Certificate

The Program in Journalism’s new undergraduate certificate program seeks to integrate journalism courses within the University by building a vibrant, interdisciplinary community of students, professors, and practitioners. It offers students continuity of instruction, advising on fieldwork, and a capstone experience of presenting their work.

Interested students are encouraged to sign up for announcements and updates. Questions about the program may be directed to Margo Bresnen, Journalism Program Manager, at mbresnen@princeton.edu.


Eligibility and Prerequisites

Students of all concentrations are welcome to apply to earn an undergraduate certificate from the Program in Journalism.

Students may apply for the certificate after having completed one journalism course with a grade of B or above. Students will normally apply during the spring semester of their sophomore year, but no later than the fall semester of their junior year. (Members of the Class of 2019 may apply at any point, and members of the Class of 2020 may apply at any point prior to the spring semester of their senior year.)


Requirements

To obtain the certificate, students must complete three requirements: coursework, an approved fieldwork experience, and participation in a senior colloquium.

1. Coursework

Students must complete at least five courses, with a grade of B or above, including:

At least one 200-level JRN gateway course selected from the following list. Gateway courses allow students to develop a common skill set and a core of shared concerns, practices, and ethical principles.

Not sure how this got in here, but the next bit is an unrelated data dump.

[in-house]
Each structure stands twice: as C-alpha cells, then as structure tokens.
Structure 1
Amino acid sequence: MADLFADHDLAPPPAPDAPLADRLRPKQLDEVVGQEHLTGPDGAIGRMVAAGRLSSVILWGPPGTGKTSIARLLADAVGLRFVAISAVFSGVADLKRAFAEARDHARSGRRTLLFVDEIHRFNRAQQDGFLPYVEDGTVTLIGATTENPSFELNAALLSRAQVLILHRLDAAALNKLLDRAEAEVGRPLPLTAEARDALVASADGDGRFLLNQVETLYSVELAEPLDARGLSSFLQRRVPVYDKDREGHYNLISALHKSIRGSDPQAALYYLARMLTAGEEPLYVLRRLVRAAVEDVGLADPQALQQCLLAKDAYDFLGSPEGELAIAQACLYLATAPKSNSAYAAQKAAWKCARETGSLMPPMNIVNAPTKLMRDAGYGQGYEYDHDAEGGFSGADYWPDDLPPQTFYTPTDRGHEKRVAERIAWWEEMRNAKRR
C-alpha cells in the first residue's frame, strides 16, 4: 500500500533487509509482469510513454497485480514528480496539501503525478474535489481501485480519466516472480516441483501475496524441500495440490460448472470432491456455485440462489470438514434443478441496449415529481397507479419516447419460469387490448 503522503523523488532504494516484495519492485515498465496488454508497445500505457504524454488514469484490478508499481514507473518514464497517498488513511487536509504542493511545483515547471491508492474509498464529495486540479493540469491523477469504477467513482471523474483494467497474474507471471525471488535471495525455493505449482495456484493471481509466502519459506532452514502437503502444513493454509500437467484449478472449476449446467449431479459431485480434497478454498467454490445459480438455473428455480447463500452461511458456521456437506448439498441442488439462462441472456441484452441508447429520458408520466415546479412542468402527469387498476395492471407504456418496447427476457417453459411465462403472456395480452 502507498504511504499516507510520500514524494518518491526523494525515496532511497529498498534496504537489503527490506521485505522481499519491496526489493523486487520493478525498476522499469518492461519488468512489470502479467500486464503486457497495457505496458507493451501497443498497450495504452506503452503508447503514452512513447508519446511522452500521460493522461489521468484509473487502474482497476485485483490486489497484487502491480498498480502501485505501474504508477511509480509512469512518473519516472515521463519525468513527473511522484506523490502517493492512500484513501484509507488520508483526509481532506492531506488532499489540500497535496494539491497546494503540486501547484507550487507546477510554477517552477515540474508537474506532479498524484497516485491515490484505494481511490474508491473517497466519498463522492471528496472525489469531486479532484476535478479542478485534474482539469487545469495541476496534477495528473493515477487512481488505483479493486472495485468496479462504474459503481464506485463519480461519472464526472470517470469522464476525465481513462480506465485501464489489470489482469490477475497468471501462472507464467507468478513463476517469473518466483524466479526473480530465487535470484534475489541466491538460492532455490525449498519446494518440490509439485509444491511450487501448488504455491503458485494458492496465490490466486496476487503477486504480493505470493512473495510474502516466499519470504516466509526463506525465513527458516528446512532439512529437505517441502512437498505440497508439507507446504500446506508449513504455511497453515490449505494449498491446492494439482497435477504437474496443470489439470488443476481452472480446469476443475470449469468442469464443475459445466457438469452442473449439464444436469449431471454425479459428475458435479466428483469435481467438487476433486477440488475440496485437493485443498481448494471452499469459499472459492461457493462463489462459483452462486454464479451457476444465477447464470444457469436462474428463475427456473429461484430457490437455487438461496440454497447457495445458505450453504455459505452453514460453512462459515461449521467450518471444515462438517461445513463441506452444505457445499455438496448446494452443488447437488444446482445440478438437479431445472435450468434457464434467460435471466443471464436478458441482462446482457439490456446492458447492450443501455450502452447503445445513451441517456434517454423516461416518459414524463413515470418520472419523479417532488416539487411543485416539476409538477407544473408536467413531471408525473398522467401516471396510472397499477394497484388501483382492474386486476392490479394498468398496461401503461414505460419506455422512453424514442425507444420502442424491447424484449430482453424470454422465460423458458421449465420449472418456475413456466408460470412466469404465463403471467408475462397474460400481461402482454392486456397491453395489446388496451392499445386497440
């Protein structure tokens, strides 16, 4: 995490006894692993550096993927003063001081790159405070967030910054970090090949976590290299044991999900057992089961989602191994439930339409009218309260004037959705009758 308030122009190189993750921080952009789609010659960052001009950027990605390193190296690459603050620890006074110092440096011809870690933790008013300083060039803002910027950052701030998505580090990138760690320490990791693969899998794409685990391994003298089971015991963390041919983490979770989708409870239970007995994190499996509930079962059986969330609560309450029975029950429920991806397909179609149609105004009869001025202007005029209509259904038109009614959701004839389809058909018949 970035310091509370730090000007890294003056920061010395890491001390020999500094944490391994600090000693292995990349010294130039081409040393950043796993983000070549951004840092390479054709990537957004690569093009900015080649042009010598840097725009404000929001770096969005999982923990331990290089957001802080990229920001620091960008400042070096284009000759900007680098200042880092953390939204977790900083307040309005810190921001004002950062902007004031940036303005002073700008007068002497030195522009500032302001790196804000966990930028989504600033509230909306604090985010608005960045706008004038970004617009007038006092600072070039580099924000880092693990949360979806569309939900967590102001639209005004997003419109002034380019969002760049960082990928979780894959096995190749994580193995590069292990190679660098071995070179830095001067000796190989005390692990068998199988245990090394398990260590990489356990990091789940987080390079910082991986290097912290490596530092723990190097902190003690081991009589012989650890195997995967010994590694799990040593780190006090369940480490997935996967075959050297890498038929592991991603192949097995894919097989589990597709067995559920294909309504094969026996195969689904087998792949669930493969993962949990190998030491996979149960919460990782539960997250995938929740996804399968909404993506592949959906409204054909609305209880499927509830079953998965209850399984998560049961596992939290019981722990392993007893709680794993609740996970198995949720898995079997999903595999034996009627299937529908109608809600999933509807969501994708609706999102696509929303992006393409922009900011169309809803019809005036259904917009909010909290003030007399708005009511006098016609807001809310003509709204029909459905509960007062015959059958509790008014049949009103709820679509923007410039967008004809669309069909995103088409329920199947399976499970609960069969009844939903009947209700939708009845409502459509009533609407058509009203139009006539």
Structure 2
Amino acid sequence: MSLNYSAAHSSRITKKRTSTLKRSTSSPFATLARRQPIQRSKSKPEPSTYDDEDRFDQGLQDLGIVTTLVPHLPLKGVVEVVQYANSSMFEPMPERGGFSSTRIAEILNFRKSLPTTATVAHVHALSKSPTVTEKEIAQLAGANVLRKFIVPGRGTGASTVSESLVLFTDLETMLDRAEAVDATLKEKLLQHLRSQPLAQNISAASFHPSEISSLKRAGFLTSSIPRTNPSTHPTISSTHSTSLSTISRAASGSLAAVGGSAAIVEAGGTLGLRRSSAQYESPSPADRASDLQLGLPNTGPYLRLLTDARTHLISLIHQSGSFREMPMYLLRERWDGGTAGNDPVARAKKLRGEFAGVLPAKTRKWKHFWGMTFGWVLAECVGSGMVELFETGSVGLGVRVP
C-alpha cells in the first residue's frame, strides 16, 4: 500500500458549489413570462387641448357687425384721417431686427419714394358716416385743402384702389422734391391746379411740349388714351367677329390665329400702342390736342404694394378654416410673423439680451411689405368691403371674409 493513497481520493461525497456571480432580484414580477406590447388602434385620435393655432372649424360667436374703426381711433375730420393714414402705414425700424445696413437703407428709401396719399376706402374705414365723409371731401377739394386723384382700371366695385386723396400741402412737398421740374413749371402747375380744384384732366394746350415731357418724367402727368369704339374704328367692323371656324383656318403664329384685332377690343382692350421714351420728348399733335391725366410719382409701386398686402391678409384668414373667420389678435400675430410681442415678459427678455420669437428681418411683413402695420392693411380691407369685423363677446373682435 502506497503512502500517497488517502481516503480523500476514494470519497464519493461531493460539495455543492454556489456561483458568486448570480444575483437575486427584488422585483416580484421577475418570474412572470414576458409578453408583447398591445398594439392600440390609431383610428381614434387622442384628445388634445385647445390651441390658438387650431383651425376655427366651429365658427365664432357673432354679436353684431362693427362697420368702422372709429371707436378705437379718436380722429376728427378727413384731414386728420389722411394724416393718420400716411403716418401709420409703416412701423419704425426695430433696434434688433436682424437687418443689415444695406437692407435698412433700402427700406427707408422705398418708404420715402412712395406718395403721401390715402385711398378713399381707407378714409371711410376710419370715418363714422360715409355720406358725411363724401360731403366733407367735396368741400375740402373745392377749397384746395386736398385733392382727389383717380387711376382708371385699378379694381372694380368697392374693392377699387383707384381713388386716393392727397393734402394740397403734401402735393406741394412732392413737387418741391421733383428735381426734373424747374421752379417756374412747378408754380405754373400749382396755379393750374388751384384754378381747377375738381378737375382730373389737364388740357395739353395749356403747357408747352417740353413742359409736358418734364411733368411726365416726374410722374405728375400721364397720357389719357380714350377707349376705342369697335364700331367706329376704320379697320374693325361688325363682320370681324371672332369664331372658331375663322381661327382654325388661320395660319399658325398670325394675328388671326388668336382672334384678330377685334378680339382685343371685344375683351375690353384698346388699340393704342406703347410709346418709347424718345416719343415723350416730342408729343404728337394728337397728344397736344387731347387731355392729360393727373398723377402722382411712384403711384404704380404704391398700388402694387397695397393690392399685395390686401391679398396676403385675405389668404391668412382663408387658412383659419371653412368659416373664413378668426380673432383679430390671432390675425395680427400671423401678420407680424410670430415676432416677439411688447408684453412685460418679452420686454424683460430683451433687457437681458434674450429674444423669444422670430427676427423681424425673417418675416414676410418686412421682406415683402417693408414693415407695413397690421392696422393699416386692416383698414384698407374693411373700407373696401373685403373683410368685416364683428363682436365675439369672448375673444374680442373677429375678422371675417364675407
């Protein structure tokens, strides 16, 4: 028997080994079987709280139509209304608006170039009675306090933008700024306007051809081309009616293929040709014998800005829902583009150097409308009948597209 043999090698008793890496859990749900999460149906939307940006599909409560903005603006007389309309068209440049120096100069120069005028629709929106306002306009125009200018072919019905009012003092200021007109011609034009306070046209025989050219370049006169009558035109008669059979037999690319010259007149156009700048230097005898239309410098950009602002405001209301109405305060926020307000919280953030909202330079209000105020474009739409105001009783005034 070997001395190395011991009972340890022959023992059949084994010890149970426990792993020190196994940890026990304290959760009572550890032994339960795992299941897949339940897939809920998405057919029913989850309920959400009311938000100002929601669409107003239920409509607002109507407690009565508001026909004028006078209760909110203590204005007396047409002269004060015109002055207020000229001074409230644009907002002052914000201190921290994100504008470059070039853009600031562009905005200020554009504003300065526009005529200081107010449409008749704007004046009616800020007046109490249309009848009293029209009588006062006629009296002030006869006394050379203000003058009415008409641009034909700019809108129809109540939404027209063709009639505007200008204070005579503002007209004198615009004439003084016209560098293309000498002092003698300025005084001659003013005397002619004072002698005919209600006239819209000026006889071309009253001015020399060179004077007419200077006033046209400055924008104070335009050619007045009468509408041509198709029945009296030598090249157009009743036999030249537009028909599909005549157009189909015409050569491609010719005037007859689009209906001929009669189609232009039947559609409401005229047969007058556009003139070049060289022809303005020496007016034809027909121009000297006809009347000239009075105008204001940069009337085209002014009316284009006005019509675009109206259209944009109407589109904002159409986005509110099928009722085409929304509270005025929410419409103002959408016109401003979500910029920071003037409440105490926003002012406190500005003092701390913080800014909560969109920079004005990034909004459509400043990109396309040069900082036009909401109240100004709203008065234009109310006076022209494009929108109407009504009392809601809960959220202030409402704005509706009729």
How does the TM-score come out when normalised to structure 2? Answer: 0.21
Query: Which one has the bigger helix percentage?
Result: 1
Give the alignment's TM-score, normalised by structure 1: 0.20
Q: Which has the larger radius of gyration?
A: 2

—JRN 240/CWR 240 Creative Non-Fiction (LA) This is a course in factual writing and what has become known as literary non-fiction, emphasizing writing assignments and readings of leading work in the genre.

—JRN 260 The Media in America (SA) This seminar explores the challenges and opportunities that today’s rapidly evolving media landscape presents to freedom of the press, and to the democracy that the media serve. Discussion focuses on where news comes from and how citizens can best assess the credibility of individual news reports.

—JRN 280 The Literature of Fact (LA) Students in this course strive to identify and emulate the best writing in a variety of journalistic genres, from news analysis to arts criticism to foreign correspondence.

At least two additional courses with a primary designation of JRN, at the 300- or 400-level.

At least two journalism-related courses, each of which must be approved by the program director to fulfill this requirement, unless they are courses that are cross-listed with JRN, in which case they will automatically count toward this requirement.

2. Fieldwork Experience

Students must participate in sustained journalistic activity for a minimum of five weeks—doing work that involves reporting, interviewing, researching, writing, copy editing, web design, photography, videography, etc.—contributing to factual news stories outside the classroom and/or beyond the University. Examples include interning at a major news organization, working for a student publication, undertaking an independent reporting and writing project advised by a Princeton journalism instructor, or successfully completing a summer journalism seminar abroad. To fulfill this requirement, fieldwork experiences must be approved by the program director.

3. Senior Colloquium

Students must produce a piece of journalism based on field reporting or reflecting on the challenges facing modern journalists and, near the end of their senior year, present this work to peers and a jury of current and former Princeton journalism instructors at an interdisciplinary year-end colloquium.


Application

Students will normally apply (or “register”) during the spring semester of their sophomore year, if they have completed one journalism course with a grade of B or above. Students should apply no later than the fall semester of their junior year. Applying early may make students eligible for reserved seats in select journalism seminars.

Complete the application

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